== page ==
We rarely shine the spotlight on a single word in the Lounge but this month we have a special honoree: the noun patch. We've heard a couple of startling uses of patch recently and it got us thinking about what a great word it is, and how well it exemplifies the genius of language and the genius of English.
There are few things not to love about patch: it's short, and it's easy to spell and pronounce by a speaker of any language. It occupies a spot, a bit past the middle, of the 5,000 most frequently used words in English. It has numerous rhymes and it has been kicking around English since the 14th century (the verb patch, derived from it, first appears in the 15th century). Patch has uncanny sound sense, making it easy for learners of English to associate with the things it denotes: if you repeat patch to yourself, mantralike, it takes a very long time before its meaning fades and it becomes a mere sound cluster. But what is a patch? Ask a dozen people and you will probably get half a dozen answers, all of them correct in their own way.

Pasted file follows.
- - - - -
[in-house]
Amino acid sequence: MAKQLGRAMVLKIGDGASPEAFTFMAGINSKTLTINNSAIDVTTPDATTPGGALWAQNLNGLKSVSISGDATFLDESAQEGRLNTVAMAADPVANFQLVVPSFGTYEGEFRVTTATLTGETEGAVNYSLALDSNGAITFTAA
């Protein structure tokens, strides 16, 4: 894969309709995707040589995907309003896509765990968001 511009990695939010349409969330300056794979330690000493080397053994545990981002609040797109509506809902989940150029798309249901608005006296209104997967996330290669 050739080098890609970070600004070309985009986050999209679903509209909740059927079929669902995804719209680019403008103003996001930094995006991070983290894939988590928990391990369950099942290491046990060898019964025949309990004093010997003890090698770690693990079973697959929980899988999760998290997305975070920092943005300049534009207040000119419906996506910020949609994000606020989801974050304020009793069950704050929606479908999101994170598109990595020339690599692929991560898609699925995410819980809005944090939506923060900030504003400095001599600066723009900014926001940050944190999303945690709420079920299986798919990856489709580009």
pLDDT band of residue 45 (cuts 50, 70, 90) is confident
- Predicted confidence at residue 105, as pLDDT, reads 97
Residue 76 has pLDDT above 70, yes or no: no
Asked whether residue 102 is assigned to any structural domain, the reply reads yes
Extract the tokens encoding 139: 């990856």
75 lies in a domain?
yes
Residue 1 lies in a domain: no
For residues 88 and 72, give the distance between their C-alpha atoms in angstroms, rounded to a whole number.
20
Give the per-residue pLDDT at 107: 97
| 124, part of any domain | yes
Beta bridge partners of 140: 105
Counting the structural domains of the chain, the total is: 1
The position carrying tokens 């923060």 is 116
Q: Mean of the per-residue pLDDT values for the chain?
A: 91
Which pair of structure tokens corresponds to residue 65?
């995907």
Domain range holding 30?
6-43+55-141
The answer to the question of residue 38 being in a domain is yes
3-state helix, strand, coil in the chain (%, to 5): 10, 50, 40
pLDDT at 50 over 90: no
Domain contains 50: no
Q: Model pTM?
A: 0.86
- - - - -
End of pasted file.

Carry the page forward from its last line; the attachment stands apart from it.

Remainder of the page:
The Oxford English Dictionary and Merriam-Webster Unabridged Dictionary each have 21 senses for the noun patch. The college dictionaries and the Visual Thesaurus settle for a more modest nine to twelve, and pocket dictionaries may get by with only two or three. The meaning of patch that really interests us, however, is not one of these numbered and delineated senses, but the one that lurks in the native speaker's mental lexicon: what qualities must a thing have in order to earn the name patch? What are the defining qualities that make a patch a patch, and not something else?